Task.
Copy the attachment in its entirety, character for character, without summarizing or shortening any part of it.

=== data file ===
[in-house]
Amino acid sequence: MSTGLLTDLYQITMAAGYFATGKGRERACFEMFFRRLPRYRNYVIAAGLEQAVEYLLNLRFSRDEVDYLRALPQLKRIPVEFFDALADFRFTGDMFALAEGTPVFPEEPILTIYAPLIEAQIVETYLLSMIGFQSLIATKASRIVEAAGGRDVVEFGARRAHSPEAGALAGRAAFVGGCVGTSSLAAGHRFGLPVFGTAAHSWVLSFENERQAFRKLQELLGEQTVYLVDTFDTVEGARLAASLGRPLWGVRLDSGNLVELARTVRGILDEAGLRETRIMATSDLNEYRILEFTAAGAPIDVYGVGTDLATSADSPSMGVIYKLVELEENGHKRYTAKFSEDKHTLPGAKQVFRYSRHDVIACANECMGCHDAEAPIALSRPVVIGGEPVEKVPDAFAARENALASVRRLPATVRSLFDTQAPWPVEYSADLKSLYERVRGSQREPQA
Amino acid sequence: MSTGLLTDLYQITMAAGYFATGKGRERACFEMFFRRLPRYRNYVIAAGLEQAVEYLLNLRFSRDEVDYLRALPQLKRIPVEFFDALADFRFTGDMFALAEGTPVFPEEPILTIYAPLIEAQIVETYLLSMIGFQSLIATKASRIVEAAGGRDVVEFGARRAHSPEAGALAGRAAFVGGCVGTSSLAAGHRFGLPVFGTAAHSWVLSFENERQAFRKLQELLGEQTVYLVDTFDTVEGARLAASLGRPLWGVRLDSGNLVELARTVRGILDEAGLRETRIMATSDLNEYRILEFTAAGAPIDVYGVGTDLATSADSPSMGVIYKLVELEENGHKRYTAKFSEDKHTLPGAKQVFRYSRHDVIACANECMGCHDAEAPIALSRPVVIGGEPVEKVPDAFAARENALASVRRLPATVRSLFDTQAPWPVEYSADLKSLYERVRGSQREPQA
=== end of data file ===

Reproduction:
[in-house]
Amino acid sequence: MSTGLLTDLYQITMAAGYFATGKGRERACFEMFFRRLPRYRNYVIAAGLEQAVEYLLNLRFSRDEVDYLRALPQLKRIPVEFFDALADFRFTGDMFALAEGTPVFPEEPILTIYAPLIEAQIVETYLLSMIGFQSLIATKASRIVEAAGGRDVVEFGARRAHSPEAGALAGRAAFVGGCVGTSSLAAGHRFGLPVFGTAAHSWVLSFENERQAFRKLQELLGEQTVYLVDTFDTVEGARLAASLGRPLWGVRLDSGNLVELARTVRGILDEAGLRETRIMATSDLNEYRILEFTAAGAPIDVYGVGTDLATSADSPSMGVIYKLVELEENGHKRYTAKFSEDKHTLPGAKQVFRYSRHDVIACANECMGCHDAEAPIALSRPVVIGGEPVEKVPDAFAARENALASVRRLPATVRSLFDTQAPWPVEYSADLKSLYERVRGSQREPQA
Amino acid sequence: MSTGLLTDLYQITMAAGYFATGKGRERACFEMFFRRLPRYRNYVIAAGLEQAVEYLLNLRFSRDEVDYLRALPQLKRIPVEFFDALADFRFTGDMFALAEGTPVFPEEPILTIYAPLIEAQIVETYLLSMIGFQSLIATKASRIVEAAGGRDVVEFGARRAHSPEAGALAGRAAFVGGCVGTSSLAAGHRFGLPVFGTAAHSWVLSFENERQAFRKLQELLGEQTVYLVDTFDTVEGARLAASLGRPLWGVRLDSGNLVELARTVRGILDEAGLRETRIMATSDLNEYRILEFTAAGAPIDVYGVGTDLATSADSPSMGVIYKLVELEENGHKRYTAKFSEDKHTLPGAKQVFRYSRHDVIACANECMGCHDAEAPIALSRPVVIGGEPVEKVPDAFAARENALASVRRLPATVRSLFDTQAPWPVEYSADLKSLYERVRGSQREPQA